RD: That’s what I say, actually — it is an artifact. It was almost 30 years, and it was laying, rotting in a can, for so long. I never thought it would see the light of day. It was like a gift to me when it was finally out there, a gift that somebody gave to me. And that somebody was Michael Thau, who I’m hoping will be there [at the screening]. He should be on stage. I hope he will be. He’s the one that persevered, the one that said, ‘There’s a groundswell, all the fans want to see this.” I told him he was crazy but he pushed with Warners and there were enough fans, and he got it made. He did a great job, just a great job. There’s footage that, probably, if I had ever finished the film, I would have reshot because it was done in such a hurry because we were trying to get the first and second movie done together. But it’s all there. When we did the first movie, we didn’t have an end in mind. Tom and I would drive to work every day trying to come up with the end of the film, and finally one day, I don’t know who came up with it, it might have been the driver, who said, “Why don’t you use the end of ‘II,'” which was Superman turning the world back. So we did; we figured that when we went back to finish making “II,” we would come up with something else. But the brilliant Salkinds [the father-and-son producing team] did what they did.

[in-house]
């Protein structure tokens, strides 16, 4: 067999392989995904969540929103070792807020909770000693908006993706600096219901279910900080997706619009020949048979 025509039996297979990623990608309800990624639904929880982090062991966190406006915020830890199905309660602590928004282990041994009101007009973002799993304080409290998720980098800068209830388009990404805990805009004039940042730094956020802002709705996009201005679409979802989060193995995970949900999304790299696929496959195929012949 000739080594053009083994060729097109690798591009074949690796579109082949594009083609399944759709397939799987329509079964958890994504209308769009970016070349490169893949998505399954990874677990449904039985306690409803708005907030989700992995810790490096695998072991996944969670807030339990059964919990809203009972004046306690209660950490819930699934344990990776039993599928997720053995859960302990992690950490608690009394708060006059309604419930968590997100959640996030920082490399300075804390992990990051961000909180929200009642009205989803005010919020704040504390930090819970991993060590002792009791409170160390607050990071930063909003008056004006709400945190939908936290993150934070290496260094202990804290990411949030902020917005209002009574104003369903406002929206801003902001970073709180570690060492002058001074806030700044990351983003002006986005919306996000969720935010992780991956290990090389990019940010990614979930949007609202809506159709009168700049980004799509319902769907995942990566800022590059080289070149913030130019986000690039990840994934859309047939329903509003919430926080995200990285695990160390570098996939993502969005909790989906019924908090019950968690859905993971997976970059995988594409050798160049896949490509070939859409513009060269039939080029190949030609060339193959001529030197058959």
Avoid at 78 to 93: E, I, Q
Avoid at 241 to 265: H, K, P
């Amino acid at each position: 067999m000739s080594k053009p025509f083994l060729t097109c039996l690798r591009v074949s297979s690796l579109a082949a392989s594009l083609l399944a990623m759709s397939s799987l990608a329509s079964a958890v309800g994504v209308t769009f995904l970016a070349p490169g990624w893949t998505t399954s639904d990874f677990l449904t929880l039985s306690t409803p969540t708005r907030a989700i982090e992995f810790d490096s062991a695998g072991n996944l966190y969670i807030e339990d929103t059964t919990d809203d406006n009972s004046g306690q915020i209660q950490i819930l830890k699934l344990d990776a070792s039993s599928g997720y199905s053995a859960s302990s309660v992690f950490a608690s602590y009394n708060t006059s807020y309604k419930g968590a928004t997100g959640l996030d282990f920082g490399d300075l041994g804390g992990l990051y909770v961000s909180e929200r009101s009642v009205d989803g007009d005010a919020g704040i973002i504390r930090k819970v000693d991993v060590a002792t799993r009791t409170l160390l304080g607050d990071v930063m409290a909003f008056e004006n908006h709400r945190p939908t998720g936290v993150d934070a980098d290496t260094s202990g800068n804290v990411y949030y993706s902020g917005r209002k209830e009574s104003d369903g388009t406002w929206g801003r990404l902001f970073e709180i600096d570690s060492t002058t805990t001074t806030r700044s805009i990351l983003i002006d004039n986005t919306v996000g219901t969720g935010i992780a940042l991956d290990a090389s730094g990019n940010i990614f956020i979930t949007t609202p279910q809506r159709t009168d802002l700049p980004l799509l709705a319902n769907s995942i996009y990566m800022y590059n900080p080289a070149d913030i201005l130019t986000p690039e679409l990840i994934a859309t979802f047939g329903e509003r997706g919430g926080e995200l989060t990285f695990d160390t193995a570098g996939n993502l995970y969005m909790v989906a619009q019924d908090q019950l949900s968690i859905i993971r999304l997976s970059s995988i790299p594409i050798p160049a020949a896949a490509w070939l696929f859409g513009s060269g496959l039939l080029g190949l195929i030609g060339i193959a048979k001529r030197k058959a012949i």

GB: It’s hard to describe how much Christopher Reeve meant to people in this role. I imagine you start thinking quite a bit about his life and his death when these revisitations to “Superman” come along.
RD: More than that. Many years ago, when “Superman” came out, there was a half-body cut-out on the side of the sound stage up here [on the Warner lot in Burbank], and it had the logo and everything. Years later, I was over in either the sign shop or the prop shop, and I looked up and I saw it there. I said to the guy there, “Can I have that?” and he’s says, “No, no, it belongs to the studio.” About two years later, Michael Riva, the production designer, was doing something, and I knew he was over in the prop shop and I told him, “Mike, just steal it, you’re a designer, nobody’s going to ask you, just take it.” So he took it down, he delivered to my house and put it up on the side of a hill next to my house. It looks like Chris is coming out of the hill. Shortly thereafter, Bob Daly, who was chairman of Warner, came for dinner at my house and saw it and said, “Where did you get that?” And I said, “You gave it to me, don’t you remember?” And he said, “Oh yeah, that’s right.” So I was good. But the point is I think of Chris all the time. This thing is right next to my pool, and I get in the pool a lot and I look up there and I think about him a lot. There’s nobody that could have played that role the way he played it. I don’t think anyone will ever come along and play it like he played it — others will have to play it different — and on top of that, he was a really special individual. A great kid, a great person, loving and devoted, a great sense of humor and the personification of a good friend. He also made my career. I think about him an awful lot.
— Geoff Boucher